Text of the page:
GREEN BAY, Wis. — In his first two exhibition games with the Saints, linebacker Justin Anderson never got on the field, save for a handful of special-teams plays.
But Thursday night, Anderson, a second-year man from Louisiana-Lafayette, was starting against the Green Bay Packers.
Such is the norm for the final preseason tune ups around the NFL. Although folks are paying full price — and there weren’t that many empty seats in Lambeau Field Thursday — starters are far too valuable to risk in a meaningless game when the real ones are just a week away.
That’s especially true for the Saints, whose defense seemingly is being diminished daily by injuries both known (get well, soon, Keenan Lewis!) and unknown (when are you going to come out of hiding, Jairus Byrd?).
It’s gotten to the point where Delvin Breaux, whose NFL experience consists of two exhibition games, will be the starting cornerback in the Sept. 13 opener at Arizona.
Breaux was among those who were merely spectators Thursday.
Thursday certainly gave no more insight into what the Saints will when it counts.
But for guys like Anderson — who got a tryout after being cut by Dallas 10 days into training camp, thanks to James Willis, his position coach and defensive coordinator at UL-Lafayette, now being on the Saints’ staff — getting their shots at putting something meaningful on film, either for the Saints or the rest of the league meant everything.
“I got my chance tonight to get out there make a couple of plays and show what I could do,” said Anderson, who was active for two games with the New York Giants last season but who wound up on the practice squad of that team plus Minnesota before being waived and then picked up by the Cowboys in July.
“I felt like I did alright, but I always feel like I could have done more. There were a couple of plays I could have made and should have made.”
Saints coach Sean Payton didn’t single out anyone by name after the game, but he was clearly perturbed by mental mistakes and in some cases lack of effort — especially in the second half, by some who at least should have been playing like their careers were on the line.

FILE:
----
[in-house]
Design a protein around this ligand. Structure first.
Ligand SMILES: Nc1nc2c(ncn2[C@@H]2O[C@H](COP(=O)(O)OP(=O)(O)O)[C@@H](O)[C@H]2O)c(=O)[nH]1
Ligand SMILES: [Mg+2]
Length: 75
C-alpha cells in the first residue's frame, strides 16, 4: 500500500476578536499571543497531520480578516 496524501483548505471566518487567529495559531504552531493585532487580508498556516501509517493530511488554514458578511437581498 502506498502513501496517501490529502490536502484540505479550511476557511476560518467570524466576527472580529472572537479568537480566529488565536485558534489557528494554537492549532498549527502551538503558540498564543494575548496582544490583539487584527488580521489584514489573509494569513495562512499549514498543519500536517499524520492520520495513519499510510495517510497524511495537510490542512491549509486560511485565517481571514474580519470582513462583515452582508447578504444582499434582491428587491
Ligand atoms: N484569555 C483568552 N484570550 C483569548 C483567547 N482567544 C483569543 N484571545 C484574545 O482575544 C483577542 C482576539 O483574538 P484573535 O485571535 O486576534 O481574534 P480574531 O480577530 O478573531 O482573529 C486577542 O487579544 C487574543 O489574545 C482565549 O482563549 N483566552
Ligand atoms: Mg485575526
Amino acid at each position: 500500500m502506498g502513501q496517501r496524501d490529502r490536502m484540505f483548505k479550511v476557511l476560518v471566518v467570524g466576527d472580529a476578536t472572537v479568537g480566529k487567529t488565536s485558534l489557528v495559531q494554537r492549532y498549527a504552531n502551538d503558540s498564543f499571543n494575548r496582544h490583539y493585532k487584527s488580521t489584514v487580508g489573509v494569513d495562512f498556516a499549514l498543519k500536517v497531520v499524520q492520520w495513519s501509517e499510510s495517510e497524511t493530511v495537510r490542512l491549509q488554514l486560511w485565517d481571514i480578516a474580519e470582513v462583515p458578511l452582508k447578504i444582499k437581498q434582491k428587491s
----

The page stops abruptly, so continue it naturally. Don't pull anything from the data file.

Losing 38-10, even a game where the final score is instantly forgotten, doesn’t didn’t set well with him.
“I can’t say if it was mental assignments or effort,” he said, “But we say this ever year: For some guys it’s not important and for others it’s the most important game of their careers. They need to play that way.”
Anderson, who was credited with five tackles and a forced fumble, said he didn’t feel like he had made many mental mistakes, but in no way would he fault himself for effort.
“I felt like I as much as I had,” he said. “That’s the only way you can be.”
Effort or not, Anderson won’t be among those surviving the roster cutdown from 75 to 53 on Saturday, although it was a surprise that he made this week’s 90-to-75 cutdown.
But there’s always hope for guys like Anderson.
Guys like cornerback Kyle Wilson, a former first-round pick of the New York Jets who let him walk after five seasons and whose signing in April gained little notice.
Wilson had an interception Thursday, something that always gets noticed on a team that was minus-13 in takeaways a last season.
Guys like safety Jamarca Sanford, trying to extend his career to a seventh season, who lay still on the ground after laying out to stop Rajion Neal after a short gain.
The injury apparently wasn’t as bad as it looked because Sanford later reentered the game. But think of how tough it would be to see a veteran’s effort to hang on ended because of an effort play.
Guys like safety Damian Swann, the fifth-round draft pick who was already outplaying third-rounder P.J. Williams and second-year Vinnie Sunseri before both were declared out for the season this week. Swann was making the kind of plays which only solidified his roster spot Thursday.
And guys like cornerback Brian Dixon and linebacker Jerry Franklin whose names were called for making stops more than once.
All of them to one degree or the other will be sweating things out until 3 p.m. Saturday.
For those, like Anderson who have been through the process before, it’s perhaps easier to prepare for the news — which ever way it goes.
“I know what it feels like now,” he said. “Getting a chance like I did tonight is all you can ask for.
“Whatever happens, happens.”
Easier said that done, no doubt. That’s why for those who don’t make it — and even for their teammates who do — Saturday is the cruelest day of the season.